Analysis: China is turning its anti-corruption fire on banks at a risky time for the economy

China's banks and insurers have become the latest focus of a sweeping anti-corruption crackdown that is ensnaring top officials and risks rattling the already fragile nerves of investors and entrepreneurs.

The Communist Party's top anti-graft agency, the Central Commission for Discipline Inspection (CCDI), has investigated more than a dozen senior executives at the country's most important financial institutions so far this year, according to a CNN analysis of statements posted on the CCDI's website.

Three big names at the very top of China's financial system have been probed or charged, according to the CCDI, including Li Xiaopeng, the former chairman of China Everbright Group -- one of the country's oldest and largest state-owned financial conglomerates.

Li is suspected of "serious violations of law and discipline" and is under investigation, the commission said Wednesday in a brief statement.

Everbright said in a statement that it "fully supports" the party's decision and will "fully cooperate" with the investigation into Li, who chaired the bank for four years until he resigned in March 2022.

Last Friday, authorities opened a similar probe into Liu Liange, former chairman of state-owned Bank of China, the country's fourth largest lender. Liu resigned last month citing "work adjustments," according to a filing by the bank.

And in January, Wang Bin, who headed state-owned China Life Insurance from 2018 to early 2022, was charged by national prosecutors with taking bribes and hiding overseas savings. He was first probed by the CCDI in January 2022.

Analysts say the dragnet may have also implicated Bao Fan, a star investment banker and noted name in the tech sector, who went missing in February.

It appears the crackdown may intensify, they say.

Last week, the CCDI announced it would inspect more than 30 major state-owned firms. They include financial giants such as China Investment Corp, the nation's sovereign wealth fund, China Development Bank, which provides financing for key government projects, and Agricultural Bank of China, another large state-controlled lender.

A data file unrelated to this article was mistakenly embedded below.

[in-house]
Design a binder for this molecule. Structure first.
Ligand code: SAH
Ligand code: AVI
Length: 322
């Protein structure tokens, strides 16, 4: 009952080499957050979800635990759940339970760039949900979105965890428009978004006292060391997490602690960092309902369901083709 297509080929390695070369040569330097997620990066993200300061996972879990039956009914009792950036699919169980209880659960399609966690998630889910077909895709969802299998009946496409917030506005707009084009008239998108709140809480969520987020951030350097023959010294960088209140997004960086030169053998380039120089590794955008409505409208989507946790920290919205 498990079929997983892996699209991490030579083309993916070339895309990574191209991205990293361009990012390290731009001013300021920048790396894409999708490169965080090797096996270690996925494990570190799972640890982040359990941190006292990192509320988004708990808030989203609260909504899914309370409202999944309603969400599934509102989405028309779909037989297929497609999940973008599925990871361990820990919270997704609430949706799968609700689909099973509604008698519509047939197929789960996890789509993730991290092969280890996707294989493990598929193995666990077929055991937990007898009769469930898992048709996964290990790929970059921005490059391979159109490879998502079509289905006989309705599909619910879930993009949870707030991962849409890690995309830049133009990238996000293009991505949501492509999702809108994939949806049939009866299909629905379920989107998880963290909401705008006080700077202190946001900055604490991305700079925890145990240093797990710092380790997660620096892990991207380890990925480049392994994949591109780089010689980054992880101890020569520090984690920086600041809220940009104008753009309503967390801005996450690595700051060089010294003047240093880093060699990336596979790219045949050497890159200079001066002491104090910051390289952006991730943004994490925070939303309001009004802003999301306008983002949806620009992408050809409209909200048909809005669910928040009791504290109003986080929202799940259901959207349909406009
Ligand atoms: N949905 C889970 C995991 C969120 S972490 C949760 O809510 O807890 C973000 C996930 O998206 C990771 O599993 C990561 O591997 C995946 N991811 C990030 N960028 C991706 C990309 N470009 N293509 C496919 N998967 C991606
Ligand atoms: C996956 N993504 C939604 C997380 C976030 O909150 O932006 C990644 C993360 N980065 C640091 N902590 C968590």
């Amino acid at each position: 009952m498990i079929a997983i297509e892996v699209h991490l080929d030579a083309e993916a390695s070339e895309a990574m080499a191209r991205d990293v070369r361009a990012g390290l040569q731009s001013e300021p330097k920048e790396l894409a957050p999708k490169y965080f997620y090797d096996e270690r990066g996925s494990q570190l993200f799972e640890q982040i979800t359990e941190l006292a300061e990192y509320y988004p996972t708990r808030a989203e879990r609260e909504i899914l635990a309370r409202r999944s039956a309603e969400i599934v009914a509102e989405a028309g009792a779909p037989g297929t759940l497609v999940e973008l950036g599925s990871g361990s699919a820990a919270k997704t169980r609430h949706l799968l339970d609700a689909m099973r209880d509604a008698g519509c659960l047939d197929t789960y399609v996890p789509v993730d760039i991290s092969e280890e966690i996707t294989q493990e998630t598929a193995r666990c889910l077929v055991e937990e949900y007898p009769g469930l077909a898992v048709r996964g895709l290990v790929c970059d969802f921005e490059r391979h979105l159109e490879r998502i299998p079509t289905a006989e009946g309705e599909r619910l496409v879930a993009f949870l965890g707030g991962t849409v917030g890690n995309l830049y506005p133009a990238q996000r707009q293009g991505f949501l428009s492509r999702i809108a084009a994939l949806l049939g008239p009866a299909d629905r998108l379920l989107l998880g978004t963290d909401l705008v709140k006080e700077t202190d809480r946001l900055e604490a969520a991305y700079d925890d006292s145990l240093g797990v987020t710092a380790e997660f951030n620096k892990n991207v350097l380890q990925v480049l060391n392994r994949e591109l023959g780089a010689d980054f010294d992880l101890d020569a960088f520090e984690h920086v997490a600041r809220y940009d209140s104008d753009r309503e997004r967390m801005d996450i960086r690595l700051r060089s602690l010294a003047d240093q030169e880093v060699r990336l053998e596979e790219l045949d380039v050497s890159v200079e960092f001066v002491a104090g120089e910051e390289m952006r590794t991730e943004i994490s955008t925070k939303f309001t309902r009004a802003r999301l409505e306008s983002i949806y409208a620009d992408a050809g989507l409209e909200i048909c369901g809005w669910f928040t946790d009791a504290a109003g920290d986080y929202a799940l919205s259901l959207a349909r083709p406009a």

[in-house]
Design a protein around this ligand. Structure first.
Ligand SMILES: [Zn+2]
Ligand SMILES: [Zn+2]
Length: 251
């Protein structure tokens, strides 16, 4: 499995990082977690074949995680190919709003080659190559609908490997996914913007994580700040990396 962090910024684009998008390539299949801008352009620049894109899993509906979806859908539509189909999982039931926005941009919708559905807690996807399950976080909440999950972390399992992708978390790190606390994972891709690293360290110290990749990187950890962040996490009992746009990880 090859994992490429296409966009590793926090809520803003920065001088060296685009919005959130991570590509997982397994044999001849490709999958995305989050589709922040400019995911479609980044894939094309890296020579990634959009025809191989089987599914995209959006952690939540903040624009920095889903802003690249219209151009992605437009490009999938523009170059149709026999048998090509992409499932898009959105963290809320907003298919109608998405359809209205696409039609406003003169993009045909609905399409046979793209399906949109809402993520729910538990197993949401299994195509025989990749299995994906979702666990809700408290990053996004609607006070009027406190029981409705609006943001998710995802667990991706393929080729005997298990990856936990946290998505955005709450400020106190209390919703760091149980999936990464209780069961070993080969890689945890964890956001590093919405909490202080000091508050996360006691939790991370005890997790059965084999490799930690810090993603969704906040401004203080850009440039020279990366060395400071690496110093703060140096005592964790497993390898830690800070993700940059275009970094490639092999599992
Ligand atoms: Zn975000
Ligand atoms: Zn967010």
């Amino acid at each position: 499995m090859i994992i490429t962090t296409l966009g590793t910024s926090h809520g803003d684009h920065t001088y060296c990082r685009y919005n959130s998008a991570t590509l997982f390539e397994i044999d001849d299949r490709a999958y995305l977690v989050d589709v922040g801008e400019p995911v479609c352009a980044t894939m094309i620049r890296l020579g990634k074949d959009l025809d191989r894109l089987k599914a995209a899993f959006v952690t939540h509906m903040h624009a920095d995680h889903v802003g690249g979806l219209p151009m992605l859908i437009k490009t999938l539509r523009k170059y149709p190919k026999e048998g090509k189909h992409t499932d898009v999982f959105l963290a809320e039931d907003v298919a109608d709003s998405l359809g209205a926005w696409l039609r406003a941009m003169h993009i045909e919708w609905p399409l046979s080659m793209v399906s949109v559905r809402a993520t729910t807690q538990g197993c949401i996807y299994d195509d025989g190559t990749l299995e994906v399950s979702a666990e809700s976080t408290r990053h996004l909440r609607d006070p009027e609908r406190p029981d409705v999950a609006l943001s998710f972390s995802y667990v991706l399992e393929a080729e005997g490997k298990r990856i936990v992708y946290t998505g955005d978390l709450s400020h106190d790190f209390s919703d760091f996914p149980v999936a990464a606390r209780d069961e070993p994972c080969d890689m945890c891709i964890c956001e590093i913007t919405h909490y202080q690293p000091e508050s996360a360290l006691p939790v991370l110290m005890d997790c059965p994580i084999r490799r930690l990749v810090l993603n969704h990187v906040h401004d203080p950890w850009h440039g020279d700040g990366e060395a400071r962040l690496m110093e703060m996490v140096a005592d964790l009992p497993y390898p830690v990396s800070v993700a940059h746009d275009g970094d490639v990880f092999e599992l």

It comes just months after Xi Jinping secured a historic third term in October as China's leader and stacked his top team with his Communist Party loyalists. Soon after he moved to consolidate the party's hold over the economy.

"The current financial crackdown is a new wave of Xi Jinping's anti-corruption campaign against the financial sector for consolidation of his power," said Chongyi Feng, an associate professor in China Studies at the University of Technology Sydney.

The anti-corruption crackdown is Xi's signature campaign. It has swept across the ruling Communist Party, the government, the military and state-owned companies in waves since 2012, when Xi took office. Millions of officials have been punished.

'Complete control'

This year, the crackdown has focused on the country's sprawling financial industry. Feng said there may be two reasons for this "escalation."

"The finance [industry] is the last of the three key areas for Xi to assert complete control after the military and the [internal] security apparatus," Feng said, adding that it is the "money bags" of the party.

Xi also needs to centralize control over the sector in order to deal with "the deepening economic and financial crisis in China" and to prepare for a "financial war" with the United States, he added.

Beijing is contending with an array of domestic and global challenges. The housing market is suffering its worst downturn on record. Youth unemployment remains high. Local governments are struggling with huge debt loads and cutting benefits.